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Real ales and an open fire

Welcome to The Red Lion, Manningtree’s oldest pub dating back to 1605, built during the reign of James I (1603-1625). The origin of The Red Lion signs dates back to the reign of Richard I (1189-1199) who wore the insignia as a favoured symbol. The first recorded keeper of the inn was Jonas Quitter who is described as a saddle and harness maker of the parish of Manytree (Manningtree) as it was then known.

When first built, the inn was thatched with a jettied upper storey. It is mentioned in the 1640 will of Nathaniel Warrencourt “My hospicum and tenemente at Manytree knowne by name and signe of The Red Lion with its landes, outbuildings and stables thereto belonginge be solde to paye my debts and lagacies.”

The inn is also mentioned in a book of 1647 written by Matthew Hopkins on the scourge of witchcraft. Hopkins, a native of Manningtree, was a lawyer known as the Witch Hunter General. In 1644 he suspected eight local women of witchcraft. With the aid of local man, John Stearne, Hopkins rounded up the women and threw them into the Manningtree prison, which used to sit on the land to the right of the pub. The women were eventually taken to Colchester Castle and then on to Chelmsford to stand trial. In 1645, with twenty other women, they were condemned to death and executed. There was public outcry as evidence against the women was scant. One of the local women, Elizabeth Clarke, was taken screaming and shouting from The Red Lion. Hopkins described her as a drunken sot, although her only apparent crime was that she was in possession of a cat, a polecat, a rabbit and a crow.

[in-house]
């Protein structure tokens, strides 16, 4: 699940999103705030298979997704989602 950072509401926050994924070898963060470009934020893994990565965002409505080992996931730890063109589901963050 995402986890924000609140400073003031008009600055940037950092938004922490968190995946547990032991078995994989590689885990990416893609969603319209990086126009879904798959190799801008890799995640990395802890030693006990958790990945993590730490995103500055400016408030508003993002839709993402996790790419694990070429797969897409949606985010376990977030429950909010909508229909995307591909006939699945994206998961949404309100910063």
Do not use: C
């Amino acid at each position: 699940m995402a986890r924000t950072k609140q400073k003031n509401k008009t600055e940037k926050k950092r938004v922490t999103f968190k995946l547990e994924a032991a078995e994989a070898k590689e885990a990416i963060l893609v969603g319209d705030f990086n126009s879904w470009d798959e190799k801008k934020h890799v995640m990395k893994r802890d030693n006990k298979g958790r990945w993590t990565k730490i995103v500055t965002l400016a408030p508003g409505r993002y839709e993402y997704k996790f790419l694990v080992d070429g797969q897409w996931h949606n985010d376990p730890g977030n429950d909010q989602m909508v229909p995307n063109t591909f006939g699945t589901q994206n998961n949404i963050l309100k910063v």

In 1690 the inn underwent extensive alterations; the thatch, wattle and daub was replaced with bricks and tiles, the upper jetty was removed and replaced with the current facade. During the mid eighteenth century, at the height of the coaching era, The Red Lion became an established coaching and post house. Private coaches as well as through coaches would stop here for people transferring to local transport. A room on the upper floor was used as a stage post where mail was collected and sorted before being distributed by post boys.

The inn has seen and undergone many changes since it was first built but still retains its original charm and character. So come visit us, stay, enjoy the fayre and reflect on those bygone days whilst hearing about the inns recent history from one of our many friendly locals.